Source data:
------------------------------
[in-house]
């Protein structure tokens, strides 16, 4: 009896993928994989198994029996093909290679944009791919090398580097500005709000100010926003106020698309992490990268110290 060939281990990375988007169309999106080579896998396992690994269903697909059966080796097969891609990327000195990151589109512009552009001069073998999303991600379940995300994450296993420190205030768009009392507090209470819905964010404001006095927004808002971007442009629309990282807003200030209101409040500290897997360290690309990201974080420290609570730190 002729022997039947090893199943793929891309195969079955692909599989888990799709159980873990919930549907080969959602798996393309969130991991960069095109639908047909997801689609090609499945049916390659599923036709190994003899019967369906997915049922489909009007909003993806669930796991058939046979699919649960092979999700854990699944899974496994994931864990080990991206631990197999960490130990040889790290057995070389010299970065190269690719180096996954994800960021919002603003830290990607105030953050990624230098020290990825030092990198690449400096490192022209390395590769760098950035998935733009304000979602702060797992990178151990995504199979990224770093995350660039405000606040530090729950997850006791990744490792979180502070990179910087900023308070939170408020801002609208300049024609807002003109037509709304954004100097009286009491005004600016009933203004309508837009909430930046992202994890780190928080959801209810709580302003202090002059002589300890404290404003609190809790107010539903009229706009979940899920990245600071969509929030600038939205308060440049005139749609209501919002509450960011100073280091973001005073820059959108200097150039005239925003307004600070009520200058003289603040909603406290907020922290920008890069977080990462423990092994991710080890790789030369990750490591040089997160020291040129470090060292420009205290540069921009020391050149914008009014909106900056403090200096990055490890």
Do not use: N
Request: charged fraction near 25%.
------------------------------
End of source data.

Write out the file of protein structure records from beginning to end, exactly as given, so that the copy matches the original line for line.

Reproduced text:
[in-house]
């Protein structure tokens, strides 16, 4: 009896993928994989198994029996093909290679944009791919090398580097500005709000100010926003106020698309992490990268110290 060939281990990375988007169309999106080579896998396992690994269903697909059966080796097969891609990327000195990151589109512009552009001069073998999303991600379940995300994450296993420190205030768009009392507090209470819905964010404001006095927004808002971007442009629309990282807003200030209101409040500290897997360290690309990201974080420290609570730190 002729022997039947090893199943793929891309195969079955692909599989888990799709159980873990919930549907080969959602798996393309969130991991960069095109639908047909997801689609090609499945049916390659599923036709190994003899019967369906997915049922489909009007909003993806669930796991058939046979699919649960092979999700854990699944899974496994994931864990080990991206631990197999960490130990040889790290057995070389010299970065190269690719180096996954994800960021919002603003830290990607105030953050990624230098020290990825030092990198690449400096490192022209390395590769760098950035998935733009304000979602702060797992990178151990995504199979990224770093995350660039405000606040530090729950997850006791990744490792979180502070990179910087900023308070939170408020801002609208300049024609807002003109037509709304954004100097009286009491005004600016009933203004309508837009909430930046992202994890780190928080959801209810709580302003202090002059002589300890404290404003609190809790107010539903009229706009979940899920990245600071969509929030600038939205308060440049005139749609209501919002509450960011100073280091973001005073820059959108200097150039005239925003307004600070009520200058003289603040909603406290907020922290920008890069977080990462423990092994991710080890790789030369990750490591040089997160020291040129470090060292420009205290540069921009020391050149914008009014909106900056403090200096990055490890």
Do not use: N
Request: charged fraction near 25%.